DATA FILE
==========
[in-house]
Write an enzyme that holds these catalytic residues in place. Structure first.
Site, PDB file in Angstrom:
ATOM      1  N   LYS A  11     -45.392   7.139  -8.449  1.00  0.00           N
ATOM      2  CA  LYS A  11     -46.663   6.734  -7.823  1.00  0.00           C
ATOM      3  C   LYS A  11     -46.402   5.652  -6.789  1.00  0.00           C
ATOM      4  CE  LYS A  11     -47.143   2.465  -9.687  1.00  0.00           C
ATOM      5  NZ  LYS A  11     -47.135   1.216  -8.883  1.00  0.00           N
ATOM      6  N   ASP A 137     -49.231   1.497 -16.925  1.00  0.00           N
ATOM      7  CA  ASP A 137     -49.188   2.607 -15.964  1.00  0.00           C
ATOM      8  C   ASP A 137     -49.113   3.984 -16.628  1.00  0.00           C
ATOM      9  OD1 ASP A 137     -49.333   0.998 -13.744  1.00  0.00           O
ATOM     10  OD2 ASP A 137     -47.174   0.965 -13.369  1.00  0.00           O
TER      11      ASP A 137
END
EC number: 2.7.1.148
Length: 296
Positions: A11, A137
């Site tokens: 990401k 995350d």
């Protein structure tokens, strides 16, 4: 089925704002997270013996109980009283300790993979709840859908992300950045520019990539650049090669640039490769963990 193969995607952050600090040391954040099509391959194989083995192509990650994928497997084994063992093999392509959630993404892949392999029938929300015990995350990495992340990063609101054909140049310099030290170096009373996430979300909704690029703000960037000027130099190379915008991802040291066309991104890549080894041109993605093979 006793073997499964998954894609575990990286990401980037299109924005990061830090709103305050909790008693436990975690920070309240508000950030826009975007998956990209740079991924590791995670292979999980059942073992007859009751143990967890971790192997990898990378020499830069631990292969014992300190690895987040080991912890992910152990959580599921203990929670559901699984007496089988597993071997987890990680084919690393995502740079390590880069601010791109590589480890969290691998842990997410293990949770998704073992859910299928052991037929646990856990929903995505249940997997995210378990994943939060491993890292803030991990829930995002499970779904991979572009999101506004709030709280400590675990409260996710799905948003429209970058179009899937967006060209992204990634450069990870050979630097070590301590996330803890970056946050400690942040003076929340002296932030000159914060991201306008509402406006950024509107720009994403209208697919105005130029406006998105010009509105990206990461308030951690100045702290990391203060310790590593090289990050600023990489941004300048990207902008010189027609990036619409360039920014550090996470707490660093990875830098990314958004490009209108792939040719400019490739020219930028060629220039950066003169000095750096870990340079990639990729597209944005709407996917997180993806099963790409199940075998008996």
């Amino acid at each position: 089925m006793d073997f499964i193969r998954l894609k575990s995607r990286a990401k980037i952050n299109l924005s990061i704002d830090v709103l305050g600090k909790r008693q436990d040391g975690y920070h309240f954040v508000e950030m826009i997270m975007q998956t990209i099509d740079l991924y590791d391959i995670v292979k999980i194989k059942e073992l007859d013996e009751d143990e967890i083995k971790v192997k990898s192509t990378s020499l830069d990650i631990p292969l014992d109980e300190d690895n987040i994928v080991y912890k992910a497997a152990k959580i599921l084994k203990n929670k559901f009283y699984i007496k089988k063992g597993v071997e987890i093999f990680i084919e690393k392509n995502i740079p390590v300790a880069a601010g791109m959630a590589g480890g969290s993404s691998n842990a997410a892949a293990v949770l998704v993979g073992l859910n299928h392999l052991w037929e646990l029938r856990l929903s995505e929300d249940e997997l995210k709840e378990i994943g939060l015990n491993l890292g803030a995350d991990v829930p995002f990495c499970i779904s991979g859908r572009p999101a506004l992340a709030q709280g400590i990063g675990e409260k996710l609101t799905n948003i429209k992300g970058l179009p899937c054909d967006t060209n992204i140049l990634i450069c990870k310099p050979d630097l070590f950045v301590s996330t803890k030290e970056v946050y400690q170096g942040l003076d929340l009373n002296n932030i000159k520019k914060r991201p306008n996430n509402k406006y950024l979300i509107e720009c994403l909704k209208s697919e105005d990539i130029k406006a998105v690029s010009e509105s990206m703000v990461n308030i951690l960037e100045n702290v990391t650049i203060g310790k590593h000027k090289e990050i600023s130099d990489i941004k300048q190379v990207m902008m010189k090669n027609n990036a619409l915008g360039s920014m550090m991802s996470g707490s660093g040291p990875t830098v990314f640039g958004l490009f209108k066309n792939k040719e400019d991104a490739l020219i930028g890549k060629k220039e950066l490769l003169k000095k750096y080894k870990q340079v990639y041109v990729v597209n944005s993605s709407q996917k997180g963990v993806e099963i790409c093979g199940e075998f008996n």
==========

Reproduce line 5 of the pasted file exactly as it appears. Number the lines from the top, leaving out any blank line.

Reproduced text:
ATOM      2  CA  LYS A  11     -46.663   6.734  -7.823  1.00  0.00           C